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In this predominantly Roman Catholic country, expect the majority of Filipinos to go wild at the impending arrival and presence of the spiritual leader of the 1.2 billion Catholics, the amazingly affable and austere Pope Francis.
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As we all know, this would be the fourth papal visit to the Philippines: Pope Paul VI visited in 1970, and Pope John Paul II did it twice in 1981 and 1995. And as always, here are some interesting facts about the prior papal visits to the Philippines.
Table of Contents
- 1. Before He Became Pope, John Paul II Had Already Visited The Philippines.
- 2. A Bolivian Painter Tried To Kill Pope Paul VI.
- 3. The Plot To Kill Pope John Paul II With A Suicide Bomber.
- 4. Pope John Paul II Would Have Visited The Philippines A Fourth Time.
- 5. Two Popemobiles Are 100% Proudly Filipino-made.
- 6. Pope John Paul II Criticized President Marcos In Front Of The World.
- 7. It wasn’t just President Marcos whom Pope John Paul II criticized.
- 8. Pope Paul VI Also Visited After A Typhoon.
- 9. Two Papal Gifts Are Landmarks In Luneta Park.
1. Before He Became Pope, John Paul II Had Already Visited The Philippines.
Aside from his famous 1981 and 1995 visits to the Philippines, Pope John Paul II already came to the country in 1973 when he was still the relatively-unknown Karol Jozef Cardinal Wojtyla, the Archbishop of Krakow.
Arriving in the country for a stopover, the future pope hardly attracted attention when he celebrated Mass in Baclaran Church in Parañaque. Yet to those who were privy to the Vatican’s internal affairs, they already had a gut feeling that Wojtyla would someday be pope (they were correct).
Christer Nyblom, a Swedish journalist attached to Wojtyla’s entourage at the time, also noted how the pope-to-be loved to indulge on Philippine mangoes and San Miguel Pale Pilsen during his first brief stay here in the Philippines.
2. A Bolivian Painter Tried To Kill Pope Paul VI.
Notwithstanding the generally warm welcome he received when he arrived in the country, Pope Paul VI almost lost his life in the few minutes he had stepped Philippine soil.
Disguising himself as a priest, Benjamin Mendoza, an eccentric Bolivian painter, managed to reach the pope as he was being welcomed in the airport and stab him twice in the chest with a 13-inch knife before being finally subdued and carried off by security forces. During his arraignment and trial, he rambled on and off about only inflicting a “symbolic death” on the pope and that he never meant to actually kill him. He eventually spent four years inside a local prison before he was deported back to his homeland.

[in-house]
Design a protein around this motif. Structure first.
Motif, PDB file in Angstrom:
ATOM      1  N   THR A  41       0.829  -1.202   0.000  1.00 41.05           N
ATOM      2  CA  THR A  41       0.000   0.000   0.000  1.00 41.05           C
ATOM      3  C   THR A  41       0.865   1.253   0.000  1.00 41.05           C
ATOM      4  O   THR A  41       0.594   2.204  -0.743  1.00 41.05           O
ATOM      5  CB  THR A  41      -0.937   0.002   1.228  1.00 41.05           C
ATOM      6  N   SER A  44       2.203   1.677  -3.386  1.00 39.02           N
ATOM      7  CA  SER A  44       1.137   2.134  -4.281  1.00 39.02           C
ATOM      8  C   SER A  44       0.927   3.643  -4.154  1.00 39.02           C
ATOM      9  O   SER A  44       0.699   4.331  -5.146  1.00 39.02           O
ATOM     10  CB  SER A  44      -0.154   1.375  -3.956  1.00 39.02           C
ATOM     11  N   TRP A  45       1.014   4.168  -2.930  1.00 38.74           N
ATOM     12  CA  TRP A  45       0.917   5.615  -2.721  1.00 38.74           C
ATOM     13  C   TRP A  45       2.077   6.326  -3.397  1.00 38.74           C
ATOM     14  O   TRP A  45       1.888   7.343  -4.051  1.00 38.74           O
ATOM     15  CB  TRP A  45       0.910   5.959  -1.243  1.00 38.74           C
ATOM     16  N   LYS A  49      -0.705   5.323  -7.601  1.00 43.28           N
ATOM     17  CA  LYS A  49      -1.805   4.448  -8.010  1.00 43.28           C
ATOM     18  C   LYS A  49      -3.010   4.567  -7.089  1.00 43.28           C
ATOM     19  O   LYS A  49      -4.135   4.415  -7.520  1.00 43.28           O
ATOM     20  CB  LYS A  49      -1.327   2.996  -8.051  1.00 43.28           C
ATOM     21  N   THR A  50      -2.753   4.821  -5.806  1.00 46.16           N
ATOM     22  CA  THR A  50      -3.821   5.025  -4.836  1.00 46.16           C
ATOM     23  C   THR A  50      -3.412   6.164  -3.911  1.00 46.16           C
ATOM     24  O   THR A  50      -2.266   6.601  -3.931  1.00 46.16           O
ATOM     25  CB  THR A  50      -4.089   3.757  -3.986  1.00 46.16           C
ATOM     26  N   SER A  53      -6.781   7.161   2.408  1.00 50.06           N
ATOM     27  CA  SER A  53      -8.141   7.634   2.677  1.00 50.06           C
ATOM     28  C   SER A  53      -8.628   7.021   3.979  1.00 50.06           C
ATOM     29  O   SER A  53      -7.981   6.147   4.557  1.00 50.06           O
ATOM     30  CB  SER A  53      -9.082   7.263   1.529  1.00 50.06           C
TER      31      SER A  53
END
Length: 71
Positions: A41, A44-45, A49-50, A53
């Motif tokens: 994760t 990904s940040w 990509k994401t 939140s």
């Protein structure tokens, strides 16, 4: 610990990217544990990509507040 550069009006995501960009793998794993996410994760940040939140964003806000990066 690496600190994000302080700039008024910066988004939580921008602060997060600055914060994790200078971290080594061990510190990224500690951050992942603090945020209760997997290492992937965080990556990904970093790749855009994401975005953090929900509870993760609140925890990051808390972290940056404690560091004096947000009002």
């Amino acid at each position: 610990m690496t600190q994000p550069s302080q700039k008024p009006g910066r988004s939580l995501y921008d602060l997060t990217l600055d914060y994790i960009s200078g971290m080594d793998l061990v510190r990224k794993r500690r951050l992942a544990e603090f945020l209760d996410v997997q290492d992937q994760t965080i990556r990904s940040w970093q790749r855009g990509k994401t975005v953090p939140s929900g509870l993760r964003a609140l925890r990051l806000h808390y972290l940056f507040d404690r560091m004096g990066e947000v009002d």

Meanwhile, President Marcos was said to have credited himself with saving the pope’s life by giving a “karate chop” to Mendoza’s knife-wielding arm. However, his life-saving role was never confirmed by the pope’s entourage.
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Pope Paul VI himself never spoke about the attack in his lifetime and instead forgave Mendoza. He also denied he had been physically injured although, after his death, the Vatican revealed he had a chest wound which would have killed him had it not been for the undershirt he was wearing during the attack. In his silence, Pope Paul VI ironically saved Mendoza from being executed.
3. The Plot To Kill Pope John Paul II With A Suicide Bomber.
Although we’ve already discussed the Bojinka Plot which was the precursor to the 9/11 attacks, we’ll go into the further details on how the plotters planned to assassinate Pope John Paul during his 1995 visit.
Supposedly, the terrorists would employ a suicide bomber disguised as a priest to come near the Popemobile as it made its way to Makati City’s San Carlos Seminary and assassinate the pope. However, killing the pontiff would be a mere diversion for the real goal of the terrorists—to hijack several planes and either detonate or ram them into several US buildings including CIA headquarters and the Pentagon.
Unfortunately for the terrorists, their cover was blown when an accidental fire in the apartment they had been renting attracted the attention of authorities, resulting in the arrest of three of their principal members and the dissolution of the plot.
4. Pope John Paul II Would Have Visited The Philippines A Fourth Time.
If he didn’t have become sickly during his final years, Pope John Paul II would have visited the Philippines for the fourth time (we counted his visit as an archbishop).